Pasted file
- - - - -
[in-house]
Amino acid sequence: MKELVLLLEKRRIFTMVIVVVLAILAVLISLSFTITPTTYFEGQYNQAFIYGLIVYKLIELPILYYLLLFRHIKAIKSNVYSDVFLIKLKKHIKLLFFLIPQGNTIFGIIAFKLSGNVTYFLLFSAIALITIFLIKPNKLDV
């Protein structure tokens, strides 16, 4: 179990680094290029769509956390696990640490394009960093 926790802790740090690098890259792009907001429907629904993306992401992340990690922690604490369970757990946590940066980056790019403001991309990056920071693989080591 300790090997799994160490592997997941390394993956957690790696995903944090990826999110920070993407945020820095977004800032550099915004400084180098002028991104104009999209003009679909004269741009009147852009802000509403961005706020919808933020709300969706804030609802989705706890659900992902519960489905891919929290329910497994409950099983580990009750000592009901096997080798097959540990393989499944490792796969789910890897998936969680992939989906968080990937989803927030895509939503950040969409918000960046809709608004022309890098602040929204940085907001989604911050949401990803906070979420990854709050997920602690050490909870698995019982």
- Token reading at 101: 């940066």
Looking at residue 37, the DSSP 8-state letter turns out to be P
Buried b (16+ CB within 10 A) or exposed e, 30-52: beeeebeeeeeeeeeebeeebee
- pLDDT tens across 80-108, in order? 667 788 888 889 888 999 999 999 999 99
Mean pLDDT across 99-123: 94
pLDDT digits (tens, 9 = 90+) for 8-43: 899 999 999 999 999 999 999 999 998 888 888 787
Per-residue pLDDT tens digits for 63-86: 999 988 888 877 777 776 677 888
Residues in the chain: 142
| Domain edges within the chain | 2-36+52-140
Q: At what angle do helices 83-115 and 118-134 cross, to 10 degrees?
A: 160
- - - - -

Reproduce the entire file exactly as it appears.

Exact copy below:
[in-house]
Amino acid sequence: MKELVLLLEKRRIFTMVIVVVLAILAVLISLSFTITPTTYFEGQYNQAFIYGLIVYKLIELPILYYLLLFRHIKAIKSNVYSDVFLIKLKKHIKLLFFLIPQGNTIFGIIAFKLSGNVTYFLLFSAIALITIFLIKPNKLDV
């Protein structure tokens, strides 16, 4: 179990680094290029769509956390696990640490394009960093 926790802790740090690098890259792009907001429907629904993306992401992340990690922690604490369970757990946590940066980056790019403001991309990056920071693989080591 300790090997799994160490592997997941390394993956957690790696995903944090990826999110920070993407945020820095977004800032550099915004400084180098002028991104104009999209003009679909004269741009009147852009802000509403961005706020919808933020709300969706804030609802989705706890659900992902519960489905891919929290329910497994409950099983580990009750000592009901096997080798097959540990393989499944490792796969789910890897998936969680992939989906968080990937989803927030895509939503950040969409918000960046809709608004022309890098602040929204940085907001989604911050949401990803906070979420990854709050997920602690050490909870698995019982």
- Token reading at 101: 């940066």
Looking at residue 37, the DSSP 8-state letter turns out to be P
Buried b (16+ CB within 10 A) or exposed e, 30-52: beeeebeeeeeeeeeebeeebee
- pLDDT tens across 80-108, in order? 667 788 888 889 888 999 999 999 999 99
Mean pLDDT across 99-123: 94
pLDDT digits (tens, 9 = 90+) for 8-43: 899 999 999 999 999 999 999 999 998 888 888 787
Per-residue pLDDT tens digits for 63-86: 999 988 888 877 777 776 677 888
Residues in the chain: 142
| Domain edges within the chain | 2-36+52-140
Q: At what angle do helices 83-115 and 118-134 cross, to 10 degrees?
A: 160